- If you live in a Neighbourhood Watch area, tell the co-ordinator that you will be away, and for how long;
- Consider asking your neighbour to park a car in your driveway;
- Your answering machine message should simply say that you are unable to come to the phone; and,
- Consider leaving a pair of old work boots by the front door to give the impression that someone is home.
Motor Vehicle Security
Cars can be a soft target for criminals, however there are proven strategies you can adopt to reduce significantly the chance of your car being stolen.
To help protect your vehicle from crime, consider the following tips:
- It is compulsory to fit an approved immobiliser at the time of purchase of a vehicle;
- Park your car off the street, preferably in your yard or in a locked garage;
- If you need to park on the street at night, ensure you park in a well-lit area;
- It is an offence to leave your keys in the ignition while your car is unattended;
- Close all windows and lock all doors before leaving your car;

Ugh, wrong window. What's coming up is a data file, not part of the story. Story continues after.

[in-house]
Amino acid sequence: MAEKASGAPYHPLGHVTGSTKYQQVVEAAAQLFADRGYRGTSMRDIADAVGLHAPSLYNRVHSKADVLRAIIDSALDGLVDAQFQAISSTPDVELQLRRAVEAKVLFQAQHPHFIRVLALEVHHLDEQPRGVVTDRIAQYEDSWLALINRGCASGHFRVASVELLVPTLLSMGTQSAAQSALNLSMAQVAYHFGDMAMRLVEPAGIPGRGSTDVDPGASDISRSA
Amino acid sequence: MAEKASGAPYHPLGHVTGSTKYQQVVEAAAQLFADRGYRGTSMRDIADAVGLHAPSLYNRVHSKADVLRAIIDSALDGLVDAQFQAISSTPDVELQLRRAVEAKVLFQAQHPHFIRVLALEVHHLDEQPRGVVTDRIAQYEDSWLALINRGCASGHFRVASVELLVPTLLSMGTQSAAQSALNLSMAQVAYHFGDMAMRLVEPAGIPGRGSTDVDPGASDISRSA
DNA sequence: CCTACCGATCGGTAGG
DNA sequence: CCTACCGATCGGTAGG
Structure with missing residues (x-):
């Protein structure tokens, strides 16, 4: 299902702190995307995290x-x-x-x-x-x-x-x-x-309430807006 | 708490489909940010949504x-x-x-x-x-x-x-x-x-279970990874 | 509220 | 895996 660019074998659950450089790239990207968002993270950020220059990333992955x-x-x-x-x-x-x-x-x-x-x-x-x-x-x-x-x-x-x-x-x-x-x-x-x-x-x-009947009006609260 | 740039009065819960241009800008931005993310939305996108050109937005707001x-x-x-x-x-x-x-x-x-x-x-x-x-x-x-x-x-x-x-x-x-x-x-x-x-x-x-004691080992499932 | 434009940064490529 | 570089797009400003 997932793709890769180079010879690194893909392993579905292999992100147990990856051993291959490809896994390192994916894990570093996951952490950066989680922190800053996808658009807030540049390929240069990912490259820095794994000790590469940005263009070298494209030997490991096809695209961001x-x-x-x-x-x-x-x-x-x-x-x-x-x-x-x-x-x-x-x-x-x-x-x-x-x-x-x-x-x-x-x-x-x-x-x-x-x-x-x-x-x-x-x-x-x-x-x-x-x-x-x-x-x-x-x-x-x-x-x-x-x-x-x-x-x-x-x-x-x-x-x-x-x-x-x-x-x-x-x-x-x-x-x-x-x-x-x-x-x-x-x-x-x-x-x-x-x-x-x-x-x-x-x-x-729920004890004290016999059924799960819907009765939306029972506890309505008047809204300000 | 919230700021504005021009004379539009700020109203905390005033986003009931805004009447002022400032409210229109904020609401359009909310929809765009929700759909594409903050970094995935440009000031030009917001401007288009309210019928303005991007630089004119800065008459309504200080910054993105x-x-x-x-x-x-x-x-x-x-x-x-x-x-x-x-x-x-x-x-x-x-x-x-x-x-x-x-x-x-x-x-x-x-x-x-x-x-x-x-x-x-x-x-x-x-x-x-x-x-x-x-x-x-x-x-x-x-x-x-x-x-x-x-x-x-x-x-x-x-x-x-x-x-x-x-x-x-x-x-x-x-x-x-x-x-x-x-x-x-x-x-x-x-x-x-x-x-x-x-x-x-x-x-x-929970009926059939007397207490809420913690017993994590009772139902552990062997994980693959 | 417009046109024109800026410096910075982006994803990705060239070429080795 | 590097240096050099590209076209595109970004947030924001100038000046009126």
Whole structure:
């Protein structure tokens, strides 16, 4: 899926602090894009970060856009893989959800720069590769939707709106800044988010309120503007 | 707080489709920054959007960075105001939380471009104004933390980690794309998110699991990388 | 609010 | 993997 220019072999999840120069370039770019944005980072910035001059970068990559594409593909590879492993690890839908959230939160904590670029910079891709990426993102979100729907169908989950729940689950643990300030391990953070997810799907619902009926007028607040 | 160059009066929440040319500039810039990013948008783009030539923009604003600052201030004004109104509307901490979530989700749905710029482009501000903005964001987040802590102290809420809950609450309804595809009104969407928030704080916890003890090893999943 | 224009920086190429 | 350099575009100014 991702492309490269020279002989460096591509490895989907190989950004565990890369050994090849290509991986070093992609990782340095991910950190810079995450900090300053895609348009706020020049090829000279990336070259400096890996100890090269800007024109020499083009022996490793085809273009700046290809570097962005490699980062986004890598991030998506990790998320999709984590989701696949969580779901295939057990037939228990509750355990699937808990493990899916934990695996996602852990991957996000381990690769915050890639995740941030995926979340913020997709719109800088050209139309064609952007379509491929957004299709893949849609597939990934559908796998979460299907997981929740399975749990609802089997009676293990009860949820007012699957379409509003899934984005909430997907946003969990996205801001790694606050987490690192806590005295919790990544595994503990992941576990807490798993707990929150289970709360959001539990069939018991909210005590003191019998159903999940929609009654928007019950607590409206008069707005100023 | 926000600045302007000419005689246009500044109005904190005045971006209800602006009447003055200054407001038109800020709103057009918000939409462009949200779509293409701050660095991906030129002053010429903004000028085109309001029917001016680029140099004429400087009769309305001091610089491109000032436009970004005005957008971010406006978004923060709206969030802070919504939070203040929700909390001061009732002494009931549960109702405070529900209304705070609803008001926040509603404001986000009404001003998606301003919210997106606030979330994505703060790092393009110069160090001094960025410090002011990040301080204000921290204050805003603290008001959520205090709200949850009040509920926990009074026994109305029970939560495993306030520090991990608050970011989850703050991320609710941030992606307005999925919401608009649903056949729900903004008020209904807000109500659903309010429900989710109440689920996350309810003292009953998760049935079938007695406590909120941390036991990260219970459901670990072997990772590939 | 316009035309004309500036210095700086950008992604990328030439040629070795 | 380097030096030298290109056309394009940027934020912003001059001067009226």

- Remove any items from your car that may entice a thief;
- Remove chequebooks, credit cards, driver’s licence and registration papers from your glove box; and,
- Keep a spare key in your wallet or purse rather than keeping them hidden in or on the car.
Most offenders choose targets that they perceive as vulnerable so it is important to always act and respond to others with confidence. It is also important not to put yourself in situations where your safety could be compromised.
Some tips to follow include:
- Tell your family, friends or colleagues your whereabouts and the time you expect to be returning. If you change your plans, let them know;
- Stay alert and aware of your surroundings at all times;
- Practice what you would do in a life-threatening situation with a friend or consider taking self-defence lessons;
- Walk in well-lit areas that are clear of overgrown bushes or trees;
- Walk against the flow of traffic, this prevents vehicles driving slowly alongside you;
- Walk with a friend or group wherever possible and always walk confidently at a steady pace;
- Keep the car doors locked at all times while you are in the car;
- Stay in control if you are drinking. Count your drinks and, if you planning to have a big night, go along with a non-drinking buddy to take care of you and make sure you get home safe; and,
- Check the surrounding area before going to your car and check your back seat before getting in. When approaching your car, have your keys ready in your hand.